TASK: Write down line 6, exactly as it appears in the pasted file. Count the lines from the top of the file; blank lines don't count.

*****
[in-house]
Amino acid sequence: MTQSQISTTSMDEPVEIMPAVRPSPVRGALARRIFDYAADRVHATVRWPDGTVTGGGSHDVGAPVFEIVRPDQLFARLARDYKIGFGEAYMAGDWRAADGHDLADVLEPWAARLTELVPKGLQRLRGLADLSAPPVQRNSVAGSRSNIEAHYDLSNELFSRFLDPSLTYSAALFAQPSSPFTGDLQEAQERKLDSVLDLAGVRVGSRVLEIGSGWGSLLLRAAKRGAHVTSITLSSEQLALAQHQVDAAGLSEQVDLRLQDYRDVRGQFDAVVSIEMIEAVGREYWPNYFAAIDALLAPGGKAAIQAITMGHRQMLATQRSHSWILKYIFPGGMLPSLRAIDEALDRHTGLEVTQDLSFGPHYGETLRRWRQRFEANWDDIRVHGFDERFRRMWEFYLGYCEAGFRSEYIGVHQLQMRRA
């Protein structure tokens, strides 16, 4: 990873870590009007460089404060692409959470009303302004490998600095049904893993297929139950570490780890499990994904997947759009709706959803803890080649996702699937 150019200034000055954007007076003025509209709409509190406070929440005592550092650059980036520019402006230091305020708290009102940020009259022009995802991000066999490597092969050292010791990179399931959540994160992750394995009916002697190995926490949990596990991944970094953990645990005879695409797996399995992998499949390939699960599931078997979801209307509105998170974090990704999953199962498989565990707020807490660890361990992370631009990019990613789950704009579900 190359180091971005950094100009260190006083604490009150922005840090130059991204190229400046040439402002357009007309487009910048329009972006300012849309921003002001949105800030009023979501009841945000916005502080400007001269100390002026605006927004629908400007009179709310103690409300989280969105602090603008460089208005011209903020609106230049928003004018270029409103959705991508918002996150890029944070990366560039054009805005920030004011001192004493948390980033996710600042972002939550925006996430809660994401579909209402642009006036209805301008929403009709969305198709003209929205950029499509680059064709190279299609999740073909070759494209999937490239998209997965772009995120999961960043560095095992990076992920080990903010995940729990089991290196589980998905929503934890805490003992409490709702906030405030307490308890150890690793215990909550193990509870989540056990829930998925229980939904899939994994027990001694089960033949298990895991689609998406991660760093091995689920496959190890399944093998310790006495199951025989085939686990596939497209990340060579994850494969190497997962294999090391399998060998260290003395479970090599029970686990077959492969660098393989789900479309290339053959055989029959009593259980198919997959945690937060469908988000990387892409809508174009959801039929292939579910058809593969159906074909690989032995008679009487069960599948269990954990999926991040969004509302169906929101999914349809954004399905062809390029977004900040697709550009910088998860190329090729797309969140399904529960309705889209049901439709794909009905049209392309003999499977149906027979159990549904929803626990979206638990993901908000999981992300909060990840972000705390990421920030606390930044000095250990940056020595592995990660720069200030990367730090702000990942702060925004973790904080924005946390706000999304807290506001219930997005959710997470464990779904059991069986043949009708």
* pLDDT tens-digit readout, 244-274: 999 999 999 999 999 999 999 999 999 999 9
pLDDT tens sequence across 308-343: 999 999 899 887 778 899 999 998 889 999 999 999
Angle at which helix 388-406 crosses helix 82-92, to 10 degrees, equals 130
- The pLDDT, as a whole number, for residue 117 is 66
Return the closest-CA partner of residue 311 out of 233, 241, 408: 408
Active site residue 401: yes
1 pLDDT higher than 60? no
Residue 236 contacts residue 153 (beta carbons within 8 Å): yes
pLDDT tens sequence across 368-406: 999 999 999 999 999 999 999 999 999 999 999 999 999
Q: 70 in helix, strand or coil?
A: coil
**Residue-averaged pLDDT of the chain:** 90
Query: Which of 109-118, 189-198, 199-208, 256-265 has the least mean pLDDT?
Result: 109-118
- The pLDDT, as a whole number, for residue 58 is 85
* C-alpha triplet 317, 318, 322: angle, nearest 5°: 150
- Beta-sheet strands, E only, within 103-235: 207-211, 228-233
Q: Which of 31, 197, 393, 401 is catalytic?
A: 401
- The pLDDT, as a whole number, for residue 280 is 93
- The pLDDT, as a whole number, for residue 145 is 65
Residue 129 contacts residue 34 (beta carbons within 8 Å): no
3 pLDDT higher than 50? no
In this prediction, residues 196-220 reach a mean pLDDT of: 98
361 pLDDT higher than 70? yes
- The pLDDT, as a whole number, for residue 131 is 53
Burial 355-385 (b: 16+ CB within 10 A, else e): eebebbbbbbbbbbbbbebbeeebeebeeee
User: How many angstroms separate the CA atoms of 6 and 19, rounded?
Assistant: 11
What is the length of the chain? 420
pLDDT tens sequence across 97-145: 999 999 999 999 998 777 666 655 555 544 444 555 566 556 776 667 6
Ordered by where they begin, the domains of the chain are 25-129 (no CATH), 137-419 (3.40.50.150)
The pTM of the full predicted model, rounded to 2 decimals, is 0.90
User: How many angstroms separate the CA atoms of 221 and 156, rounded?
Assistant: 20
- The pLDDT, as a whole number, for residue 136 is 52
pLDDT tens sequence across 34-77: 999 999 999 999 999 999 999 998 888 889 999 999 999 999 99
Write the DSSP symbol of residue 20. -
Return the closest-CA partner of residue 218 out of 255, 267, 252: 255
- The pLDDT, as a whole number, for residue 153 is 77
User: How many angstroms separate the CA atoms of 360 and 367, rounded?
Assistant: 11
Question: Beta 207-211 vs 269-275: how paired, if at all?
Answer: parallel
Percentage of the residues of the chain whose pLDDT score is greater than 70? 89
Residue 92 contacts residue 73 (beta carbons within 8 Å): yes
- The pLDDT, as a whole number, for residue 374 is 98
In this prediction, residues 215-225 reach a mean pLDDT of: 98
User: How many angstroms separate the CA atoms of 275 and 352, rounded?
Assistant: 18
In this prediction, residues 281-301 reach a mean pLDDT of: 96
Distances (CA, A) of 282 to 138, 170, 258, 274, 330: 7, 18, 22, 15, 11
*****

Angle at which helix 388-406 crosses helix 82-92, to 10 degrees, equals 130